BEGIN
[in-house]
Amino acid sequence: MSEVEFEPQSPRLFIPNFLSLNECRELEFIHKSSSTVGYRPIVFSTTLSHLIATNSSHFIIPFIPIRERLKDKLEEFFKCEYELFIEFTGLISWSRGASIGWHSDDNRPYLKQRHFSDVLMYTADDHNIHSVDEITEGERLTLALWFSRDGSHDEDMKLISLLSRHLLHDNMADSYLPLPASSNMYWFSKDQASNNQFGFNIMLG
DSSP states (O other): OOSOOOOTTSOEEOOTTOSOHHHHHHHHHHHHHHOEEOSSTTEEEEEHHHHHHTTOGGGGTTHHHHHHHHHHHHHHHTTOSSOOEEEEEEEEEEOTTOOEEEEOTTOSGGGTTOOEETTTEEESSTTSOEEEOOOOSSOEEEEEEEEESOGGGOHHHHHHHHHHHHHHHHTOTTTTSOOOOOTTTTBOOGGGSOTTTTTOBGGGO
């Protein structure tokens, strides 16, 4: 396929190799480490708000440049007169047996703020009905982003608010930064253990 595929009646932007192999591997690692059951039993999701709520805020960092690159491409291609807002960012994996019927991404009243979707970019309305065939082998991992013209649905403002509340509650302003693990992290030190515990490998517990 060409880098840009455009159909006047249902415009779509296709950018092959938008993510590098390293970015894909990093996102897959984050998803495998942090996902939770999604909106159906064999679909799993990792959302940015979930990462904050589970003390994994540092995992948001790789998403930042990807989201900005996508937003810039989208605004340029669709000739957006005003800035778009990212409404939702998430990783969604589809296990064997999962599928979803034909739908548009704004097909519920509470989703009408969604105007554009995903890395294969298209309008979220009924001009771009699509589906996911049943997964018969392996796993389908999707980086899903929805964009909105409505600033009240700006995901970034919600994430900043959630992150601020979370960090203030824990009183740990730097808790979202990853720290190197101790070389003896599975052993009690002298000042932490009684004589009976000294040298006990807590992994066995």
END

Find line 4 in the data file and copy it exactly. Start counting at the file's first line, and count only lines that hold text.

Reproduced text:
């Protein structure tokens, strides 16, 4: 396929190799480490708000440049007169047996703020009905982003608010930064253990 595929009646932007192999591997690692059951039993999701709520805020960092690159491409291609807002960012994996019927991404009243979707970019309305065939082998991992013209649905403002509340509650302003693990992290030190515990490998517990 060409880098840009455009159909006047249902415009779509296709950018092959938008993510590098390293970015894909990093996102897959984050998803495998942090996902939770999604909106159906064999679909799993990792959302940015979930990462904050589970003390994994540092995992948001790789998403930042990807989201900005996508937003810039989208605004340029669709000739957006005003800035778009990212409404939702998430990783969604589809296990064997999962599928979803034909739908548009704004097909519920509470989703009408969604105007554009995903890395294969298209309008979220009924001009771009699509589906996911049943997964018969392996796993389908999707980086899903929805964009909105409505600033009240700006995901970034919600994430900043959630992150601020979370960090203030824990009183740990730097808790979202990853720290190197101790070389003896599975052993009690002298000042932490009684004589009976000294040298006990807590992994066995």